Action- Not only that, but action we can see!!! There were 2 instances that caught my eye where I went, “what was that?”, but only a few measly seconds. The rest of the time, we can see Natasha Romanoff, (Scarlett Johansson) the Black Widow, kicking ass. We can tell that Captain America(Chris Evans) just threw a punch, Nick Fury (Samuel L. Jackson) even gets into the fray. As a special bonus, Hawkeye (Jeremy Renner) is bas ass! No stupid purple mask thing and dorky costume. He is a top S.H.I.E.L.D agent. Comic book fans may recognize some of their favorite panels brought to life. They may not be literal translations, but you definitely know where they came from. (Pssst-> Iron Man and Thor…) And a nice nod to the Marvel Ultimate Alliance video game.

Comic Book tech- We get a freakin’ Helicarrier! Not some lame ass ship with a S.H.I.E.L.D. logo painted on the side, bit the full blown aircraft carrier that can fly! Did I mention the Quinjets? I don’t remember them being called that by name, be they are there.

Story- What does it take to give us a good hero(s)? A good villain. Loki, The Master of Lies has made his way back to earth. I really can’t tell too much here without spoiling some things, let’s just say his return is like an onion…

Balance- The mix of action, humanity, humor, depth, and story are spot on. I didn’t get bored when they were “dialoguing.” One of the things I appreciate is that is an ensemble cast, and all characters are used well.

What we don’t get is War Machine. Unless you count the 6 yr old that dressed up.

Get a great director (who knows comics and imagination), story, actors, RIGHT & PURPOSEFUL special effects, and what do you get? A huge summer blockbuster that I will gladly go see again. I admit, I did not see it in IMAX or 3D. I have been told they are good, but I don’t think it is required to enjoy the awesomeness. I predict, (ok, hoping like crazy and crossing my fingers), that on the strength of his handling of the Avengers, Joss will be able to revive the Wonder Woman project…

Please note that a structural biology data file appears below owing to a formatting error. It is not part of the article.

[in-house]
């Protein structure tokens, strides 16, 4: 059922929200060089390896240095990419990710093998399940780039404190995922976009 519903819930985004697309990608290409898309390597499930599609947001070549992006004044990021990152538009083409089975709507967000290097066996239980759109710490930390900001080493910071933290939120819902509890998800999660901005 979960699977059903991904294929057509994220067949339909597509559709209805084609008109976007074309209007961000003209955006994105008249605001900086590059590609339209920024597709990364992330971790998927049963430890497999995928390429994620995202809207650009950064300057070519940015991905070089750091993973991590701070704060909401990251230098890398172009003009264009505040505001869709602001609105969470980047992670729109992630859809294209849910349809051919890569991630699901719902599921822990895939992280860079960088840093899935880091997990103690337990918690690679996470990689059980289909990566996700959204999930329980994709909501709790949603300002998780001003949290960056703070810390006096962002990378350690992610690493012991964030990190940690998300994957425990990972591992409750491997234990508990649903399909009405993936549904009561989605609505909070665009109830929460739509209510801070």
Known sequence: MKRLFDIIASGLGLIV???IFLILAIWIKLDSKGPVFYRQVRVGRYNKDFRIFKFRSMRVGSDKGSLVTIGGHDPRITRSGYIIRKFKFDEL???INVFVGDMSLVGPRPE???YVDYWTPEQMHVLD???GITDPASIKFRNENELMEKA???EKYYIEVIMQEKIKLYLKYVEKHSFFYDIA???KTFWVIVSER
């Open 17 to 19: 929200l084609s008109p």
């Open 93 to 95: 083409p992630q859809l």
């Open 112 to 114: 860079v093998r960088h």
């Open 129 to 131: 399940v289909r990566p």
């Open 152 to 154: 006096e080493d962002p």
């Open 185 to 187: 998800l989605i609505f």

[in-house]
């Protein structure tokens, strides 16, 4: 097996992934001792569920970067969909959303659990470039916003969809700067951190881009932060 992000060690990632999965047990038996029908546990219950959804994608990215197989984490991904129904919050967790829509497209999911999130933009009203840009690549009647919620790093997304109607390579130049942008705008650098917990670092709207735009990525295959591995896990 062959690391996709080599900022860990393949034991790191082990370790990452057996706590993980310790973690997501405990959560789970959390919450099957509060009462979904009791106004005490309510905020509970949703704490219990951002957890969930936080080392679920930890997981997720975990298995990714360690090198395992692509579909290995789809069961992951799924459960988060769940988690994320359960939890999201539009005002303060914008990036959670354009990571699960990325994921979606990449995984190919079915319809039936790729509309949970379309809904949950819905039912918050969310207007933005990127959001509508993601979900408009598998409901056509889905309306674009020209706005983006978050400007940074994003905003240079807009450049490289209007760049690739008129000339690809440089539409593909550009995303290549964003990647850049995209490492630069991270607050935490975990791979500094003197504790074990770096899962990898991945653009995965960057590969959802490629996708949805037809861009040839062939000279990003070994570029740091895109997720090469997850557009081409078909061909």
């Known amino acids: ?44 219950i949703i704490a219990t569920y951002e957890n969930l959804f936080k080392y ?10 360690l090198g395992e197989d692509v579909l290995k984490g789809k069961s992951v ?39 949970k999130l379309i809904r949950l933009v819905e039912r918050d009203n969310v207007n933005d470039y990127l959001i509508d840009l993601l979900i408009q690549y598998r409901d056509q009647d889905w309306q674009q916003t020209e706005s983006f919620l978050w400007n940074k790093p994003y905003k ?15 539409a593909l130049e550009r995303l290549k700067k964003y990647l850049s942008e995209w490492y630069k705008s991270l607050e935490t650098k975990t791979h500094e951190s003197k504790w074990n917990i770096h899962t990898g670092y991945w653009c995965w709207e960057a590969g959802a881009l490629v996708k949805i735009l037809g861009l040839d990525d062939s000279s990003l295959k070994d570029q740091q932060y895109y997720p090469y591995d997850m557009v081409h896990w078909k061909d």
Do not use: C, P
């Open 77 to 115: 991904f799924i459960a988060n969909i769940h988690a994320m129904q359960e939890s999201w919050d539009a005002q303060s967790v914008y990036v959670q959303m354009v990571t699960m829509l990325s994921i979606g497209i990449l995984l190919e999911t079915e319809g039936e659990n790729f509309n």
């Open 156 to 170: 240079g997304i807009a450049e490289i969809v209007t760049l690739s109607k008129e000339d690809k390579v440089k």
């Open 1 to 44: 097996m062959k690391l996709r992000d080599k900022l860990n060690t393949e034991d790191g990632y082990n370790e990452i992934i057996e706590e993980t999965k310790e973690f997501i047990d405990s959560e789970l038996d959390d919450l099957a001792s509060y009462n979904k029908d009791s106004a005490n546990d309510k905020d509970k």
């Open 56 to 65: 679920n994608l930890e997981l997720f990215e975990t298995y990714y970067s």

FYI, before there was Siri, there was Jarvis… : )

Update: I’ve seen this movie for a second time, and I have to say, the 3D wasn’t atrocious! Much like the special effects, it looks like it was utilized correctly.

The Five Year-Engagement

Ugh… Ouch… *gut punch*…

Yep, that pretty much sums up how I feel about The Five-Year Engagement. Instead of just being critical, I have a way to fix this film. Make it a short. Use the first 15, and the last 10 min, then it would be great. Now I shall get back to the negative.

This was so bad on many fronts, I’m not sure where to start… I think main area of suckiness is that it didn’t know where to go. Tom Solomon (Jason Segel) is a successful sous chef of a San Francisco restaurant. Violet Barnes (Emily Blunt) is a student who gets accepted into a grad program in Michigan. Tom give up a promotion, (that he learns of after he has decided to move with Violet), to be the head chef of the owners new restaurant, The Clambar. As you can infer from the title, the engagement process is not a smooth one, and gets dragged out for, you guessed it, 5 years.

During this time, Tom is unable to be happy. He has given up his dream to follow the woman he loves across the country. His and Violet’s journey is not funny nor interesting. It’s sad and depressing. It seems more like a lesson in not being stupid about giving up the awesome things you have in a desperate hope that a single individual is the one for you.